An external processor bus 41 is connected to the microprocessor 40, which is further connected with input and output circuits 42. Through the input and output circuits 42, the output signals Cout passing out from the system 30 are obtained, such as the alarm signals or measurement signals, e.g., concerning the position of the web W or the edge FR of the wire edge F. In a corresponding way, from an external system, e.g. from the process control computer of a paper machine, the necessary control signals CIN are obtained for the system 30. The unit 25 further includes a power source 27 and a serial interface circuit 26, which may be, for example, an RS-232 standard interface or the like.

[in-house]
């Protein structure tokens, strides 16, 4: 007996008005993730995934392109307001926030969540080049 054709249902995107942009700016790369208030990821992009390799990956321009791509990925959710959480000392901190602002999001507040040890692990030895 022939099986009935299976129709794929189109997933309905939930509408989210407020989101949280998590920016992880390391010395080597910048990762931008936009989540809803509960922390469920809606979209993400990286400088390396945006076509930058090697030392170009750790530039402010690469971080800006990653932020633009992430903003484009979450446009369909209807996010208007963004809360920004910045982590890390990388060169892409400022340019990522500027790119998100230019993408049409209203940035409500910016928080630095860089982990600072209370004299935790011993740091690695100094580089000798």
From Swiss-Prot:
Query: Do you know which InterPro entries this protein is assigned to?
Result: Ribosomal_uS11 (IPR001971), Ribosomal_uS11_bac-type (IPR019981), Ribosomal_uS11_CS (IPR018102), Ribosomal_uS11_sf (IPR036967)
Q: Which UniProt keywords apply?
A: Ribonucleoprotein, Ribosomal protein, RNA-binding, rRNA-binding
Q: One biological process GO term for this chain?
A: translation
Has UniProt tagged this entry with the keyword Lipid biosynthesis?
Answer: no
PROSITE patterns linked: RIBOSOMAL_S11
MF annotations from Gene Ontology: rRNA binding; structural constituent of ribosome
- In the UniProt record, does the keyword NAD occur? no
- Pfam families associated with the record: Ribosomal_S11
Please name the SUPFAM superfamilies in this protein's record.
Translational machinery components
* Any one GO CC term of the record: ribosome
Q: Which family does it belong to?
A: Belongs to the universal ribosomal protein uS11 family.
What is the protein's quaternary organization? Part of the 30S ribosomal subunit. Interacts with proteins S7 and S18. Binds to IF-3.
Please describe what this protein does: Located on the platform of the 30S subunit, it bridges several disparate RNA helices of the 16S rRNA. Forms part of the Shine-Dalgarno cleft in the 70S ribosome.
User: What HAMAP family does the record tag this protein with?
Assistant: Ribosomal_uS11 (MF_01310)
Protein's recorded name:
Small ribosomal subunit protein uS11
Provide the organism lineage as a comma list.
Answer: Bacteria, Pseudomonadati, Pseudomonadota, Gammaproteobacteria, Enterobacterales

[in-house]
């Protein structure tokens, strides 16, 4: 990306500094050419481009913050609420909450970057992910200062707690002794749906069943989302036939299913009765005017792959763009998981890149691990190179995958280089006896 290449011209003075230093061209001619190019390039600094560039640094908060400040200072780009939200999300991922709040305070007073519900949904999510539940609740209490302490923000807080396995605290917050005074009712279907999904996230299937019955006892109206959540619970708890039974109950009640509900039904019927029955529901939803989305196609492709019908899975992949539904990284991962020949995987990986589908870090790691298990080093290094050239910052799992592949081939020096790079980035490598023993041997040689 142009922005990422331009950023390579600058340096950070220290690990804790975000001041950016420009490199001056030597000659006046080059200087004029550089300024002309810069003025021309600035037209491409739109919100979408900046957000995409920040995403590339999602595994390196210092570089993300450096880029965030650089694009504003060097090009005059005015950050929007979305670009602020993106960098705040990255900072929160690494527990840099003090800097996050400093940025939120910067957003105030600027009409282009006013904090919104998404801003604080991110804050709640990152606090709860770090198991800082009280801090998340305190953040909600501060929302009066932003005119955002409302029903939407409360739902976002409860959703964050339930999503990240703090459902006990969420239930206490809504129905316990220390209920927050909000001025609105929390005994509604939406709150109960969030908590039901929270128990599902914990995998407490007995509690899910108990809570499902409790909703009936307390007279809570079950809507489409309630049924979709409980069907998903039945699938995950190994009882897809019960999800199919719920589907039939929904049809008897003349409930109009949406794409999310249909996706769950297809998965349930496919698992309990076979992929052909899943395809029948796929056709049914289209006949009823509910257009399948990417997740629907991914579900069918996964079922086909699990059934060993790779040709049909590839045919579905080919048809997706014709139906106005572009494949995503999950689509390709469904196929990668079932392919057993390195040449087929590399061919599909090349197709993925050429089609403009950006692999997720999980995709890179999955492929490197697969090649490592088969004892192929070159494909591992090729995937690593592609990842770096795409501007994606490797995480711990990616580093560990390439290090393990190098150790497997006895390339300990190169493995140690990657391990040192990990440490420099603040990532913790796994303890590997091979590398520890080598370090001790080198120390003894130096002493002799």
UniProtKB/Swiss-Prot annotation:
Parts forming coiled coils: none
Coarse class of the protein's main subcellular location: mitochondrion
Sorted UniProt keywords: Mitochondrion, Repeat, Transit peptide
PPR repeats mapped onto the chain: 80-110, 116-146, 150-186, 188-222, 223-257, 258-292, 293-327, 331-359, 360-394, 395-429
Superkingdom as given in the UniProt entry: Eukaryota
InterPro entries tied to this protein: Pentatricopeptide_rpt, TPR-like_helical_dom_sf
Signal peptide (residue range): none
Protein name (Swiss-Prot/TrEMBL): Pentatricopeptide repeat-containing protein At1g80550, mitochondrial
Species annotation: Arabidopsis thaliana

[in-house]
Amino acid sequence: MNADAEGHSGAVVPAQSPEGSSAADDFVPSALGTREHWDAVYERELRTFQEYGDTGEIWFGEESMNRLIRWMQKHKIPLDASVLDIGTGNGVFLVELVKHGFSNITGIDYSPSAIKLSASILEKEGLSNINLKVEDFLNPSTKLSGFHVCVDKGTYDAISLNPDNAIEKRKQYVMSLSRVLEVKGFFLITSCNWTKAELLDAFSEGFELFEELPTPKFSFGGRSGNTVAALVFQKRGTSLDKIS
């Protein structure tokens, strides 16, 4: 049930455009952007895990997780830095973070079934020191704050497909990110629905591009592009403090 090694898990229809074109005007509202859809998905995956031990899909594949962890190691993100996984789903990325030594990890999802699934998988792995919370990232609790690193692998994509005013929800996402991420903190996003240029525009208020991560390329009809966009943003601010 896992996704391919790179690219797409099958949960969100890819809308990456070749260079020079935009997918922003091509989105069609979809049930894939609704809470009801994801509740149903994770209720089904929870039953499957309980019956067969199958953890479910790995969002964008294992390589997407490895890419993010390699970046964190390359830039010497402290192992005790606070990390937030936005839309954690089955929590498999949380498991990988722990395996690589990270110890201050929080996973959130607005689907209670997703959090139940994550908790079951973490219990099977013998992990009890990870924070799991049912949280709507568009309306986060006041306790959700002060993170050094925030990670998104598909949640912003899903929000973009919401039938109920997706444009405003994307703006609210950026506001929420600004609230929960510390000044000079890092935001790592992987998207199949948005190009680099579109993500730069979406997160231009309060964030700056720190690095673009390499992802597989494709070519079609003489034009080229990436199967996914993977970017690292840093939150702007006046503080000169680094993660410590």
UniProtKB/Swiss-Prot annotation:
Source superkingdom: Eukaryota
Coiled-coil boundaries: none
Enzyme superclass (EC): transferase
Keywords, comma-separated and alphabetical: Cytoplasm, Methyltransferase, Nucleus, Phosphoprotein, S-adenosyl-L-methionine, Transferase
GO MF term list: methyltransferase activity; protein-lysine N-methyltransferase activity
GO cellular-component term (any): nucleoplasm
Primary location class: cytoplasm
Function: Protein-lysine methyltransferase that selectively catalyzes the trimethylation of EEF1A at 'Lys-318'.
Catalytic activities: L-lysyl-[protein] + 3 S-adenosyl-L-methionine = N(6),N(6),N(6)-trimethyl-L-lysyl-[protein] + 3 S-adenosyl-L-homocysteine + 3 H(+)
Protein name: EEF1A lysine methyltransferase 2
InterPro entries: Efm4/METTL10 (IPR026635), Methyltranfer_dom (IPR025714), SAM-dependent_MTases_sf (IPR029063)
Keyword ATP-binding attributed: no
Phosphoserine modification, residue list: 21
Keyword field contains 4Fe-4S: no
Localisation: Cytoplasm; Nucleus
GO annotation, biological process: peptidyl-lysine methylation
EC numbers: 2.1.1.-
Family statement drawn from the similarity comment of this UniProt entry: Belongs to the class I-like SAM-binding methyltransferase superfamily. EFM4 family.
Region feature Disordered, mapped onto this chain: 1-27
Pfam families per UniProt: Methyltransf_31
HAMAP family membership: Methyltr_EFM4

FIGS. 6A and 6B show some advantageous locations in a paper machine of a measurement head 1G in accordance with the invention. All of the measurement heads 10 shown in FIGS. 6A and 6B are not necessarily needed at one time nor need they be of identical design. According to FIG. 6A, a measurement head 10 is placed in position 1 to monitor the location and/or the condition of the edge of the forming wire FF. In position 2, a measurement head 10 is placed after the center roll KT in the press section to monitor the presence of the web W on the guide roll JT1, whereupon the web W runs into the separate last nip N in the press section. In position 3, a measurement head 10 is placed after the last nip N to monitor the paper web W on the face of the guide roll JT2, whereupon the web W is passed into the drying section, in connection with whose leading heatable drying cylinder KS, in position 4, a measurement head 10 monitors the web W. The same operation takes place in position 5 of the measurement head 10. In the upper row, the drying section comprises heatable drying cylinders KS, and in the lower row leading cylinders TS, over which the drying wire F is passed along a meandering path so that, on the heatable drying cylinders KS, the web W reaches direct contact with the heated faces of the heatable drying cylinders KS, and on the leading cylinders TS the web is outside.